The Ministry of Defence (MOD) has signed a £250m contract starting the next phase of developing Tempest - the UK's future sixth-generation fighter jet.
The contract, signed with BAE Systems, marks the formal start of the project's Concept and Assessment phase, which will see investment in the digital and physical infrastructure.
This will see Tempest built from a 'digital first' footing, allowing simulated design and testing.
The contract will also define and design the future combat air system, mature technologies across the system, invest in the workforce and enable major programme choices by 2024.
The Defence Secretary announced the contract at BAE Systems' site in Warton, Lancashire - the centre of development for the programme.
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Ben Wallace said the contract marked "a momentous step in the next phase" of the Tempest programme.
He added it will boost the UK's "already world-leading air industry" and make sure "the UK remains at the top table when it comes to combat air".
The investment is part of over £2 billion of Government spending on Tempest across the next four years - as announced in the Defence Command Paper.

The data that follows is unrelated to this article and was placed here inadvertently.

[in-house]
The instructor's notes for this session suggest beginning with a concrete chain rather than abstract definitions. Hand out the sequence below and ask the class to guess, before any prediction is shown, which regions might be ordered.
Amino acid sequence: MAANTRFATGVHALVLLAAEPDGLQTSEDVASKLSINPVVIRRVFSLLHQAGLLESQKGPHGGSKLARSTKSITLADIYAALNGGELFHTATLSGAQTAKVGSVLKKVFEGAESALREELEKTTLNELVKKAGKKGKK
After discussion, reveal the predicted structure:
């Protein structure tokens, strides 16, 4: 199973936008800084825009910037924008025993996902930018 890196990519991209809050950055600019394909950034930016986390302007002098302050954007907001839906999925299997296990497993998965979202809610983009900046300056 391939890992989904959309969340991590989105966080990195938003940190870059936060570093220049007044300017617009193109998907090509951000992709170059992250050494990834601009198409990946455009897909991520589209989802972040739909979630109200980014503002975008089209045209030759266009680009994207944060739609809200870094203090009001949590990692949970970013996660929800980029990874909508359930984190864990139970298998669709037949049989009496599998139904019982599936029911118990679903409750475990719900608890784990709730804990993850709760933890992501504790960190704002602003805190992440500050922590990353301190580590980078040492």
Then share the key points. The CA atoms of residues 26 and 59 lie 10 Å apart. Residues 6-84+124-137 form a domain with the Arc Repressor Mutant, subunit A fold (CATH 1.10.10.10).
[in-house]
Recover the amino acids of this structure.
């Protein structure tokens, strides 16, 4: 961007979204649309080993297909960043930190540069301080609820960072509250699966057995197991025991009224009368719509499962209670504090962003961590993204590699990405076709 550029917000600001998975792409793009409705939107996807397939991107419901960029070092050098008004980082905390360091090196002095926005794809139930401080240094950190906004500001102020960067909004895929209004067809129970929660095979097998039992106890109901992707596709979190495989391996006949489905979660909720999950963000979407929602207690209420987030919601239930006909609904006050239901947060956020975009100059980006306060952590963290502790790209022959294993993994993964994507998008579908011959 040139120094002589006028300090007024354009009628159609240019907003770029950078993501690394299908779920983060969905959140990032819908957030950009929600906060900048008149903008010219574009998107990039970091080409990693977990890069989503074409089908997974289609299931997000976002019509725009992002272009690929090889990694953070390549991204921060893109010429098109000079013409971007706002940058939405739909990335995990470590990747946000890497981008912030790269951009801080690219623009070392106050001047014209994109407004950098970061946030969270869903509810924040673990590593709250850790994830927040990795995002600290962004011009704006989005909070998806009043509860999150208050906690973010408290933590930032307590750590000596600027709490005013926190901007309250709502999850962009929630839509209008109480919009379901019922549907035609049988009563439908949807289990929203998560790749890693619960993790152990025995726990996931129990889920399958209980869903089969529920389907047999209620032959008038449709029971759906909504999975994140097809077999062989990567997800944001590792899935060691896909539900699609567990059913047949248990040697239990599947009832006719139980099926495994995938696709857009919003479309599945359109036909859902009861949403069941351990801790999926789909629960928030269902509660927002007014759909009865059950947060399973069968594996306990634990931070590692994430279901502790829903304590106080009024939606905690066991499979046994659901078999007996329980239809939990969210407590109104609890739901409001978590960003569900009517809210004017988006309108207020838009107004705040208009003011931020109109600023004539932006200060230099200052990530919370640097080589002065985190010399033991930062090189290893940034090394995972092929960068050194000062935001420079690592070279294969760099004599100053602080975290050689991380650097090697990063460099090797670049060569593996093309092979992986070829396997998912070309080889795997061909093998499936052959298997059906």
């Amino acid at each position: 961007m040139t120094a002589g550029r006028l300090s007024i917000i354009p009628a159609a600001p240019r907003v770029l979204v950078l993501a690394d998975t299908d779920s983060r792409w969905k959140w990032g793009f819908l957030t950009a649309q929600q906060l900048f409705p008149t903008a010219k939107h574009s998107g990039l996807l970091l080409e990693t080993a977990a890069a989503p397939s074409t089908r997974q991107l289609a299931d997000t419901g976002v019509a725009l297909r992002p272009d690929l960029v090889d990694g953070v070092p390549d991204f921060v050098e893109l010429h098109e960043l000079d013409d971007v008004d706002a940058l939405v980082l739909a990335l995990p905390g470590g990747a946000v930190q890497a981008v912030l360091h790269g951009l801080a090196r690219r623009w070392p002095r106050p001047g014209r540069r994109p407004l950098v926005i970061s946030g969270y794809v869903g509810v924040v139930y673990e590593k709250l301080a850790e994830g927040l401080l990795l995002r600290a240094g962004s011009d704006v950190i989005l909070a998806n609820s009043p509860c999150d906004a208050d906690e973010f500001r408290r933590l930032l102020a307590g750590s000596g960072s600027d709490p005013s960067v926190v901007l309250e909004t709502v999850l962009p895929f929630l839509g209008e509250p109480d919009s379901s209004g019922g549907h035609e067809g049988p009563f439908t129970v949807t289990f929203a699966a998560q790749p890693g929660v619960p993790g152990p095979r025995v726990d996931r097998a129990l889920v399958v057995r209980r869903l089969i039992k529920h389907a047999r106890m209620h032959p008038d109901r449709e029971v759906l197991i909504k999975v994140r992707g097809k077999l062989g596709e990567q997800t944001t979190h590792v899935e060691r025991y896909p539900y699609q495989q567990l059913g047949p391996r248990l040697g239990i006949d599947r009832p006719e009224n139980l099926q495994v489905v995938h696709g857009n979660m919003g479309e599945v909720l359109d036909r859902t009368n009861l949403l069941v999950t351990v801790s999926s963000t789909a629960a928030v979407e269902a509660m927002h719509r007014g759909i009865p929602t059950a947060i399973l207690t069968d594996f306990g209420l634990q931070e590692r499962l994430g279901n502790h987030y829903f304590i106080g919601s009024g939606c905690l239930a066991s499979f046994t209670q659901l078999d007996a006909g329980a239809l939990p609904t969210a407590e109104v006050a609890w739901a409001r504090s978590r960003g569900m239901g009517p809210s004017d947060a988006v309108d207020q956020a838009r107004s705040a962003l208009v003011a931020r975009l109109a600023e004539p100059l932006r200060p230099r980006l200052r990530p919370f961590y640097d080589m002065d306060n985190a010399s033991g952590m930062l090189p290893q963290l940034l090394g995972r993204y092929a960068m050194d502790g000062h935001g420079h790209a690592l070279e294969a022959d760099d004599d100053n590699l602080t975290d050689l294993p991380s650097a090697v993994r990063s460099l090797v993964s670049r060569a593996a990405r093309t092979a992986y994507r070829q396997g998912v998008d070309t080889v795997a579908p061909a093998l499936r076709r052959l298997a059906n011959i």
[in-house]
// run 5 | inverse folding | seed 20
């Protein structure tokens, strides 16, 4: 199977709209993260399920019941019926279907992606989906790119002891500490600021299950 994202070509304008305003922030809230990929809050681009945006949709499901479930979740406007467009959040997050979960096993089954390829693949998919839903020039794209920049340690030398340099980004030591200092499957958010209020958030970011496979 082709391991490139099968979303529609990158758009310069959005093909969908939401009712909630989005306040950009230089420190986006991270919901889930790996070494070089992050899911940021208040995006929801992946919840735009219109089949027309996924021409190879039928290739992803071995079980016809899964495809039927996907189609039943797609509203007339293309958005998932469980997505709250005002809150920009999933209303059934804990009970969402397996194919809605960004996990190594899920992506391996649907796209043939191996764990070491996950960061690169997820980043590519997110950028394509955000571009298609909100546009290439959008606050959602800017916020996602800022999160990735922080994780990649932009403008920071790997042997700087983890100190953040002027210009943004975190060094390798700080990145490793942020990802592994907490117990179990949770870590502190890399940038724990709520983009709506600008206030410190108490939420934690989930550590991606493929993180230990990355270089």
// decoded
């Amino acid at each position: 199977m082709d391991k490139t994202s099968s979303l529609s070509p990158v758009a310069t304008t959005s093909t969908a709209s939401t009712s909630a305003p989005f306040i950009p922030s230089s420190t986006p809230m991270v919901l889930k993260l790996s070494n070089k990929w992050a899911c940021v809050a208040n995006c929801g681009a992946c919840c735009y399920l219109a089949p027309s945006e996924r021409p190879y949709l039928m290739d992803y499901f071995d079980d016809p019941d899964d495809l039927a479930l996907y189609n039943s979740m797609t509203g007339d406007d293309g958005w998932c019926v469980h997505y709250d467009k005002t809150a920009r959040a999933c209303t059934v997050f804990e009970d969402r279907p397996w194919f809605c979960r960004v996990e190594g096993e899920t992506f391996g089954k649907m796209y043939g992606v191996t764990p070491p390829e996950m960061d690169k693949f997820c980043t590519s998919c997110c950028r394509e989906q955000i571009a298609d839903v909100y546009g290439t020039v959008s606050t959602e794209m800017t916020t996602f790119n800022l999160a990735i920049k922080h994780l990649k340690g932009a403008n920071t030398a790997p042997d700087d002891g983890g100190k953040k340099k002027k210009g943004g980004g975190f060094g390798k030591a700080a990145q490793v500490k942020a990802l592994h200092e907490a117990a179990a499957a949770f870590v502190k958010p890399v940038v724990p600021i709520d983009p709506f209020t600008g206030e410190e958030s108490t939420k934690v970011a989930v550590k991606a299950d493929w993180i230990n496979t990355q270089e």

The programme is expected to combine a core aircraft with a number of capabilities, such as an uncrewed aircraft and advanced data systems, to form a next-generation mix designed to enter service from the mid-2030s.
Richard Berthon, UK Director of Future Combat Air, said the project is "hugely important" in making sure the UK and its allies have a "battle-winning edge for the future".
"Developing the system allows us to drive a revolution in digital development and harness the power of open systems architecture," he said.
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However, in the Infrastructure and Projects Authority (IPA) annual report 2021, the project was given an 'amber/red' status.
This means the "successful delivery of the project is in doubt, with major risks or issues apparent in a number of key areas" and "urgent action" is required.
The report also said that whilst a review of the project's timeline to the next phase will not hinder the Concept and Assessment phase, it "significantly increases" the programme's risk in the next phase.
It also stated "further pressure through Annual Budgeting Cycle 21 on the 10-year profile increases the risk to Initial Operating Capability".
The programme to design a future combat air system is a major international effort, with the UK delivering the jet with international partners.
Last year, the UK, Italy and Sweden signed a Memorandum of Understanding to collaborate on the project, although the Government says it is "too early to say" where parts of the Tempest fighter jet will be built.
During his visit to Tokyo last week, Mr Wallace and Japanese Defence Minister Nobuo Kishi agreed to speed up discussions between the UK and Japan on developing sub-systems for Tempest.
Cover image: Tempest combat aircraft (Picture: MOD).